As for me, I’m not going to hop on a bus or a train and try to reach out to these individuals. I’ve found too many persons with stridently different opinions hard to communicate with. They seem more interested in dominating an argument than in learning from a conversation. It seems that someone who watches enough FOX News comes to think of discourse as a matter of volume, not depth or discernment.
And then there are the more extreme folks who go beyond feeling frustration to acting out.
The November 23rd edition of the Los Angeles Times reported that Klan activity has increased in the wake of the election. More remarkably: many persons have expressed surprise at this. Not me. Too many persons who cannot make sense of the changes at work in America will respond with fear, anger, and hostility. So far, this has not coalesced into a highly visible and coherent expression, but it could as economic difficulties continue. Both the fringe (e.g., the KKK and their ilk) and the more broadly anxious and confused feel beset. The former have begun to contemplate conspiracies driven by an overflow of outright animus; the latter remain paralyzed by anxiety, confusion, uncertainty, and that old American favorite, fear.
Neither group has much to work with that would help them learn to adjust in a more productive way. Do they have Black (or even non-white) friends that they can talk to about these issues for a different perspective? Nope. Could they call upon some oddball college types in their social set who enjoy adventure and travel in “exotic” locales (from Thailand to Thai Town)? Not likely. Do they delve into a wide and varied reading list? Doubtful. Do they watch movies, TV, other media that might help them imagine a different kind of America than what they see in their own hometowns? More than likely they like the stuff that keeps them numb and dumb. (Yes, I’m being bit coarse and snobbish, but I want my points to be pointed here.) They are on their own because everyone they know is just about like them. So all of these people tend to mirror back all of these feelings and emotions in sort of an amplifying echo chamber. Those who live in Sarah Palin’s “Real America” find little reason to engage with the rest of us because we are pretenders and deceivers by the standards of “Real America” and everything that they know, sense, and experience confirms this. Given this, feeling and thoughts drive in one direction, virtually without resistance from the immediate environment.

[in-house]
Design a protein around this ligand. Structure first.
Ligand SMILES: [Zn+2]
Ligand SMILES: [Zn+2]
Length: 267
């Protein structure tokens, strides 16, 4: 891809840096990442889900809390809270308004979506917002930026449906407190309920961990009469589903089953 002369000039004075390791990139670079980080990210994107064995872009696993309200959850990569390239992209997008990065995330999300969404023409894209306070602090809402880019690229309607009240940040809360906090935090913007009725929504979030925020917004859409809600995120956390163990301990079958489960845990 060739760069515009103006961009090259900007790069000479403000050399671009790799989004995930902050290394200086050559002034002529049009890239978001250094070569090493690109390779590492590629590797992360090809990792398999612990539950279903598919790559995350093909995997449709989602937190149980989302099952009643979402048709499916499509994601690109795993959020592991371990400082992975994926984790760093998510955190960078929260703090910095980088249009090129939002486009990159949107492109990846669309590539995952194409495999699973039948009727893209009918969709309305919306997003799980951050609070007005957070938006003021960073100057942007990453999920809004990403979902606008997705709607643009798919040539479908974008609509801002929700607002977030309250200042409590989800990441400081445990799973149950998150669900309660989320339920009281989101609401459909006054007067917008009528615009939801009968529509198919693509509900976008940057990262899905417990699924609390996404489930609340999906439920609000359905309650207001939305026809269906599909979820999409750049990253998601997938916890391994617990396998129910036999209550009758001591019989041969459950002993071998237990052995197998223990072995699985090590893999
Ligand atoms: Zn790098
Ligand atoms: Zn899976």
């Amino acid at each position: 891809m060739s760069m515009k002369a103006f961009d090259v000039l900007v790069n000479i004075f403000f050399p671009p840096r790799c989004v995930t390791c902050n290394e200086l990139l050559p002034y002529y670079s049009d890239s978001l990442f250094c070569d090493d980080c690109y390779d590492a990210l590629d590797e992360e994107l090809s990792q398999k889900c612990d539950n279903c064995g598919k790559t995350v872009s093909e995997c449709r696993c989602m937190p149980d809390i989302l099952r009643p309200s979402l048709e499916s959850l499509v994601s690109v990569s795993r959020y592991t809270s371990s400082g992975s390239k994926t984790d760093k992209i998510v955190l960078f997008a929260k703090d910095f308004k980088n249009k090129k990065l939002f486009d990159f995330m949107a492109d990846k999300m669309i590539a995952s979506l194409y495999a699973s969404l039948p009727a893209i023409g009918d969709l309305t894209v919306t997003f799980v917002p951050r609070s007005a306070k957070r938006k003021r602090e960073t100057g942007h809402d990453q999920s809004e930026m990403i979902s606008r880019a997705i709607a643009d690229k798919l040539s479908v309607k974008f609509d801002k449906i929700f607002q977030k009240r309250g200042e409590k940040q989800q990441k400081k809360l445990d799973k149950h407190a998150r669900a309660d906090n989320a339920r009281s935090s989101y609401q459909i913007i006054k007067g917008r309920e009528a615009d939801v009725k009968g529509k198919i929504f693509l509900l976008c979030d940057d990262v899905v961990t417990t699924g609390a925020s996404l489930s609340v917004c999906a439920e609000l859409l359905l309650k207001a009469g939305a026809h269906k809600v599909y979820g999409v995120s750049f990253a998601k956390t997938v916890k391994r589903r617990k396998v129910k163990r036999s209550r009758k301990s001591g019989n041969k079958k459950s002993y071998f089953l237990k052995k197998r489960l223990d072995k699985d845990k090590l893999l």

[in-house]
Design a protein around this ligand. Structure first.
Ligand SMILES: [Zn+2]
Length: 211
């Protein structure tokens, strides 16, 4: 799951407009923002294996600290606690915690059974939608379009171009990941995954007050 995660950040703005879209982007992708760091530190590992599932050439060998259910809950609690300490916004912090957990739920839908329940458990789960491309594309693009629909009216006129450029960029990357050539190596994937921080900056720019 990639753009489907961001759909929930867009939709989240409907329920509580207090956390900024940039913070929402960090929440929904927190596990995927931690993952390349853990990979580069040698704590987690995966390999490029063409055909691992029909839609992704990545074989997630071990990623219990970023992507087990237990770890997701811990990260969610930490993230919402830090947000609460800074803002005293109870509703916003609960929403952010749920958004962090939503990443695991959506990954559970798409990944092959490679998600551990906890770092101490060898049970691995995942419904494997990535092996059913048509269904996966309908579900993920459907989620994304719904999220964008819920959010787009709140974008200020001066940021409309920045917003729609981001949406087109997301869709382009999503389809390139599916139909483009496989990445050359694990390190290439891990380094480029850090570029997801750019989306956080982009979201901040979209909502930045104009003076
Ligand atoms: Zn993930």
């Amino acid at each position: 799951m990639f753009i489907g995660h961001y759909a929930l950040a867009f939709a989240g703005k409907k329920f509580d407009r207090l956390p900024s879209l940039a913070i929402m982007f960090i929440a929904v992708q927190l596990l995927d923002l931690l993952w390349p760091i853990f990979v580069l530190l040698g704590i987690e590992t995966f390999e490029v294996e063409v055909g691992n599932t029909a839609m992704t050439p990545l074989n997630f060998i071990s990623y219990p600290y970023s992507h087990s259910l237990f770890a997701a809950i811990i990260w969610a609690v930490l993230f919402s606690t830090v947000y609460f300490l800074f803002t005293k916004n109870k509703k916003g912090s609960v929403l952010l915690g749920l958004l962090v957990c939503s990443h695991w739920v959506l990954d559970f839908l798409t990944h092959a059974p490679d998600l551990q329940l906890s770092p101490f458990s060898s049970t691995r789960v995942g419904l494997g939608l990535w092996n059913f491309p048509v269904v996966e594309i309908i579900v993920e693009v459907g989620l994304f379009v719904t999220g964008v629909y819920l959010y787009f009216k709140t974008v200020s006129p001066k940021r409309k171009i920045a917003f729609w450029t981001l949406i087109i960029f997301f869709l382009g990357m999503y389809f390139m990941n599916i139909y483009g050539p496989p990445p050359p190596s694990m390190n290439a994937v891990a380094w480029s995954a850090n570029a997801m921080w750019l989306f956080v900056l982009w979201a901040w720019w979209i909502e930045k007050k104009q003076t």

Fortunately, they will encounter more resistance from the society at large than similar groups did during, say, Reconstruction, the Civil Rights Movement, or even the Indian Wars. Clearly, a large number of Americans have thrown their lots in support of a new direction, one that breaks sharply from phobic, mean-spirited, and divisive social belief system and the politics arising from such beliefs. This resistance should check some behavior, but it won’t touch the underlying beliefs. This may not be a problem as long as the anxiety doesn’t break into outright violence and/or lead to actions that undermine efforts to steer the US away from worsening economic conditions. If the actions of the other 46% go in this direction, the other 54% will need to confront them directly and prod them into a more productive role. How? That remains to be seen, but we need to consider the possibility.